Sun coming up over the Organ Mountains
I left New Braunfels at 4am Central Time to begin the arduous trek across the rest of the state of Texas on a single road - Interstate 10. Before the sun came up, the drive was a bit surreal as I moved beyond the San Antonio area. The sky was amazingly clear at points and the only thing one sees while driving across this landscape are the sharp limestone walls on either side of the road and the glow of 18-wheeler lights out in the distance. West Texas is an exceedingly lonely and desolate place, but perfect for thinking or jamming out as the case may be as you keep on truckin' toward your destination. I will say, 80mph speed limits are phenomenal and not seeing anyone for 5-10 minutes at a time is pretty amazing.
I arrived in Las Cruces
around 11am Mountain Time and immediately went to the research site in the Organ Mountains.
Bark scorpion under blacklight
They are named the Organ Mountains because they appear to be a behemoth of a musical pipe organ, something I tend to agree with.
My fiancee (Eryn) was wrapping up placing iButtons, small electronic temperature reading devices that record at a given interval. I'm very happy they were about done because I was a little woozy from altitude and driving so long, so we headed into town and got some food. Las Cruces is actually a pretty nice town, the home of New Mexico State University. It looks like there is plenty of food and shopping and anything else typical Americans need to survive. There is an area called Old Town Mesilla where a lot of old antique and art shops exist alongside some fairly traditional Mexican fare. We ate at La Posta, quite good!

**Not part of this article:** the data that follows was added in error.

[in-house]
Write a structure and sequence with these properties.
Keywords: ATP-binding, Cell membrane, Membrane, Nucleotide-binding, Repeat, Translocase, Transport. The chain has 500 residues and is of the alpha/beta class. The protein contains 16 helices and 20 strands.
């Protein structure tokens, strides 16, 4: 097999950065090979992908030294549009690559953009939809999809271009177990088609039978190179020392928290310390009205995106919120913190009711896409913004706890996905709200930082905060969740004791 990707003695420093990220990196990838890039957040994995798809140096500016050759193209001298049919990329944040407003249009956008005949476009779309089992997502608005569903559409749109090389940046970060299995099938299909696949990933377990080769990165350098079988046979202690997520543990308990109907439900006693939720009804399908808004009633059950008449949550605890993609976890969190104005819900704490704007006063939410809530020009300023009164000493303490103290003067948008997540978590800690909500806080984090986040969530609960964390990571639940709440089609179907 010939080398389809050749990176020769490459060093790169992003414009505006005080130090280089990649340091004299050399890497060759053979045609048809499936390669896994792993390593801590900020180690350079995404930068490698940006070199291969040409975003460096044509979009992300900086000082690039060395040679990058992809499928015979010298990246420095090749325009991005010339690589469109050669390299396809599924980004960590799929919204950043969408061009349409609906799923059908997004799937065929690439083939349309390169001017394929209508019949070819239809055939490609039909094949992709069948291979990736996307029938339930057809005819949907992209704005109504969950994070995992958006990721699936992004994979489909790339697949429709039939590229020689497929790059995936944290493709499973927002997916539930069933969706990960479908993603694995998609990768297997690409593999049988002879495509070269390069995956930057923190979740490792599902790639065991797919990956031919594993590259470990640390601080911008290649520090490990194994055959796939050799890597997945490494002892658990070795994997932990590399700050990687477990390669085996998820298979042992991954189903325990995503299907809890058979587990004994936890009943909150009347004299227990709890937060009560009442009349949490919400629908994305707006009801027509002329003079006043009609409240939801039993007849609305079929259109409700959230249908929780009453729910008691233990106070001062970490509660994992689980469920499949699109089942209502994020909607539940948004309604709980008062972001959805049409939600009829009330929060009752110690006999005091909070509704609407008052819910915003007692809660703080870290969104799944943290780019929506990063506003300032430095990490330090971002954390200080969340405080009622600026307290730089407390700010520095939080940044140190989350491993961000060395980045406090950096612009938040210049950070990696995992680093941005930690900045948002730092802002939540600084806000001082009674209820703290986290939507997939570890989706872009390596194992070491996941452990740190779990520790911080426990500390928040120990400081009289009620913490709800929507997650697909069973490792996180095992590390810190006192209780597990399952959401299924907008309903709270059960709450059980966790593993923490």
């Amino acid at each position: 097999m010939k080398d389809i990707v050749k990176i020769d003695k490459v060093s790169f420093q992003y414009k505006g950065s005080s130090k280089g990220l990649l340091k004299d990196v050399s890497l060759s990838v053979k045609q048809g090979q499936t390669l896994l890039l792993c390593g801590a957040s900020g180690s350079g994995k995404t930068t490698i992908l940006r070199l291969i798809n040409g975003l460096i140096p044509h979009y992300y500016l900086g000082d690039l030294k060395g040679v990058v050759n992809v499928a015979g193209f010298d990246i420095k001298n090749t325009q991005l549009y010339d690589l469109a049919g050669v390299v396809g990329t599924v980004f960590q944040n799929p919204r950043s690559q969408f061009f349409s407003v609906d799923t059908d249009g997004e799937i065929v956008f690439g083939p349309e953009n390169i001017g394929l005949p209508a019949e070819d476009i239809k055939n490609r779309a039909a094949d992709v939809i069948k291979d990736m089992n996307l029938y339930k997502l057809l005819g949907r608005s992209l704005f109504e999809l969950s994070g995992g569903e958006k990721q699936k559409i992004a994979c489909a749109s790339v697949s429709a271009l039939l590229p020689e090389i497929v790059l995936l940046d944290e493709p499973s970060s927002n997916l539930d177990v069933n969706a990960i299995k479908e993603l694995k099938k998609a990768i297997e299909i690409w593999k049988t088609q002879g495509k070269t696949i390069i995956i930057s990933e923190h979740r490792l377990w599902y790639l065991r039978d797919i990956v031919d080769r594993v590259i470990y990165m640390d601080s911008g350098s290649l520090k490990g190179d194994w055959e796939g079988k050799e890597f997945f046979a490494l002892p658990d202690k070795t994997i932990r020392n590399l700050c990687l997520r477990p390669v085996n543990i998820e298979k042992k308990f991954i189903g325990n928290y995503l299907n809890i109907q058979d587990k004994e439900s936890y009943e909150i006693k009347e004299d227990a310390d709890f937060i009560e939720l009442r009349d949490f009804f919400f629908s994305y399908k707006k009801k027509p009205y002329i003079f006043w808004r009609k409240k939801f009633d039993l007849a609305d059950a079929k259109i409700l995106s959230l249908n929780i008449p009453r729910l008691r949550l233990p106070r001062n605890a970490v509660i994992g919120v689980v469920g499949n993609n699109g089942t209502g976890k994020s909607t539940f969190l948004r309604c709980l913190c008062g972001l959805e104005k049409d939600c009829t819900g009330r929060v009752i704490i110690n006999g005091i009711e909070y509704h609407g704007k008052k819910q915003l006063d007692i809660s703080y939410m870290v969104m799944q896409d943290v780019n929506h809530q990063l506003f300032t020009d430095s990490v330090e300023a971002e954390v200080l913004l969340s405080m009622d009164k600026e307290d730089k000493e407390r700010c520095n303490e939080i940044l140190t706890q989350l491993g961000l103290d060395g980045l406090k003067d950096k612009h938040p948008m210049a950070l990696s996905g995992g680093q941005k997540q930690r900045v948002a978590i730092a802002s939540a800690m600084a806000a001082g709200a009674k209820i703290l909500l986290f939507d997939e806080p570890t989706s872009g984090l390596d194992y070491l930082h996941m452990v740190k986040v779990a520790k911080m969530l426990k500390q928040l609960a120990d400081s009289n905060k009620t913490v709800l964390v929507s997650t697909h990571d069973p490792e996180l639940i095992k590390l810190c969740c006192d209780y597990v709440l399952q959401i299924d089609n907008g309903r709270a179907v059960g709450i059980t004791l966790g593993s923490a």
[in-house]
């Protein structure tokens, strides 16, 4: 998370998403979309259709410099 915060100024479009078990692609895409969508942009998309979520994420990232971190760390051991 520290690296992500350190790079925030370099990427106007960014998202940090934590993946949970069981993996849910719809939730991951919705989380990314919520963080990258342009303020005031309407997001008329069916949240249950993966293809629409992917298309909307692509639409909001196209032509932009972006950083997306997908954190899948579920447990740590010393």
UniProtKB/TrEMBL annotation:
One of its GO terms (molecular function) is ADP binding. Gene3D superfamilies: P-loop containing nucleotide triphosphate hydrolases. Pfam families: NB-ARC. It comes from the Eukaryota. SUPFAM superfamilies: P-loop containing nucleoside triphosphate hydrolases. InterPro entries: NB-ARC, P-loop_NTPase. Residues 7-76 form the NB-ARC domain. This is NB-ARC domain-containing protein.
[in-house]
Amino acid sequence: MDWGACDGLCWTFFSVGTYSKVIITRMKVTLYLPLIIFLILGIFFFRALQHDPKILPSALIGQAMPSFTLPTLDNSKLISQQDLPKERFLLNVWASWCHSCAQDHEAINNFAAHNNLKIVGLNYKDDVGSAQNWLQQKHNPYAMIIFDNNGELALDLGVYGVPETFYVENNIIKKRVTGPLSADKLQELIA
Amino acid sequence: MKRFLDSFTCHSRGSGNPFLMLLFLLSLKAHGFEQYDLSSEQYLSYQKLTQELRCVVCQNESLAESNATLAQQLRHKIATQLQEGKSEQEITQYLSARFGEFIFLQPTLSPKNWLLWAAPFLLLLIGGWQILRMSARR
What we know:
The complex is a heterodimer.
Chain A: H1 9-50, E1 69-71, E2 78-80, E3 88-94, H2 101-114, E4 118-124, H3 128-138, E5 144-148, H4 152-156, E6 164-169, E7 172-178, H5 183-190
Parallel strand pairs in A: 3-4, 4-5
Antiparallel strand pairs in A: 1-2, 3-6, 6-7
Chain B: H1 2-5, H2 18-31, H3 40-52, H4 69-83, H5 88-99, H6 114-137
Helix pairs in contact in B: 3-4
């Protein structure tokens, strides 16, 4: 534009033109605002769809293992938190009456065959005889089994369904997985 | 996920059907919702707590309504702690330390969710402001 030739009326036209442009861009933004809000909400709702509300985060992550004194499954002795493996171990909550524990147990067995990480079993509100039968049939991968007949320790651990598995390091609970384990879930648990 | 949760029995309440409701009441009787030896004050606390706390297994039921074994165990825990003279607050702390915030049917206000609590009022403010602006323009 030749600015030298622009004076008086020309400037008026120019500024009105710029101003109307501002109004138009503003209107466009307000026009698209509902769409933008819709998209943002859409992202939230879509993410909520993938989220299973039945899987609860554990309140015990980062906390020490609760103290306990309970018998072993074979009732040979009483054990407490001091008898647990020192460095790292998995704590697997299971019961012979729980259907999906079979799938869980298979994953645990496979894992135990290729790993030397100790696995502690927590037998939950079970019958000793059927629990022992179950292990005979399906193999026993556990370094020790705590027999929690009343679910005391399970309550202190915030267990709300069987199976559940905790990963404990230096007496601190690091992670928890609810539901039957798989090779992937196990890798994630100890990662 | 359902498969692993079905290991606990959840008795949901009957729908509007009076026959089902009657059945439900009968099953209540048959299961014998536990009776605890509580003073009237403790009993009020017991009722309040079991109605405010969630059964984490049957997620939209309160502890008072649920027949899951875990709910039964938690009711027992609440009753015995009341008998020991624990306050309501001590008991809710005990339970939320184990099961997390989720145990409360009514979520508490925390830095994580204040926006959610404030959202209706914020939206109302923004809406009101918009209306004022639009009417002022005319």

As the sun set, we set out to Eryn's professors's (Drs.
Eryn "rock-climbing" - if only she knew
Matt and Ashley Rowe) site and watched as they set traps to catch grasshopper mice. We were rockin' snake chaps about this time, rattlesnakes tend to be fairly active in the evenings. These guys don't want to mess with you as long as you don't mess with them, it's just the possibility of startling them that is the true culprit behind bites. We didn't want to take that chance.
We moved back to Eryn's site to start looking for scorpions. Now, scorpions glow bright green under a blacklight (cool, huh? See the pictures...) and are pretty easy to spot. We moved around the area and found about 14 of them in about 45 minutes. When we found them, we'd make sure there was nothing else lurking about where the scorpion was (I'll get to this more in a moment) and then grab it by the tail with some forceps.
Amazing sunset in the fields near Soledad Canyon
To mark them, Eryn would apply a highlighter to its top-side, and for research purposes take its temperature and the substrate, i.e. surroundings, temperature. We did this for most of the scorpions we found. However, as we were about to reach towards one, Matt reminded us to check the area with our headlamps first. It was at this point I just about took off running as I was standing about a foot away from the nest of a very nasty and very large black widow spider. Not to mention, the filthy thing took off crawling towards a fly that landed in its nest about this time.
Suitably creeped out, we left shortly thereafter and went back to get some sleep. The next day was going to be a long one.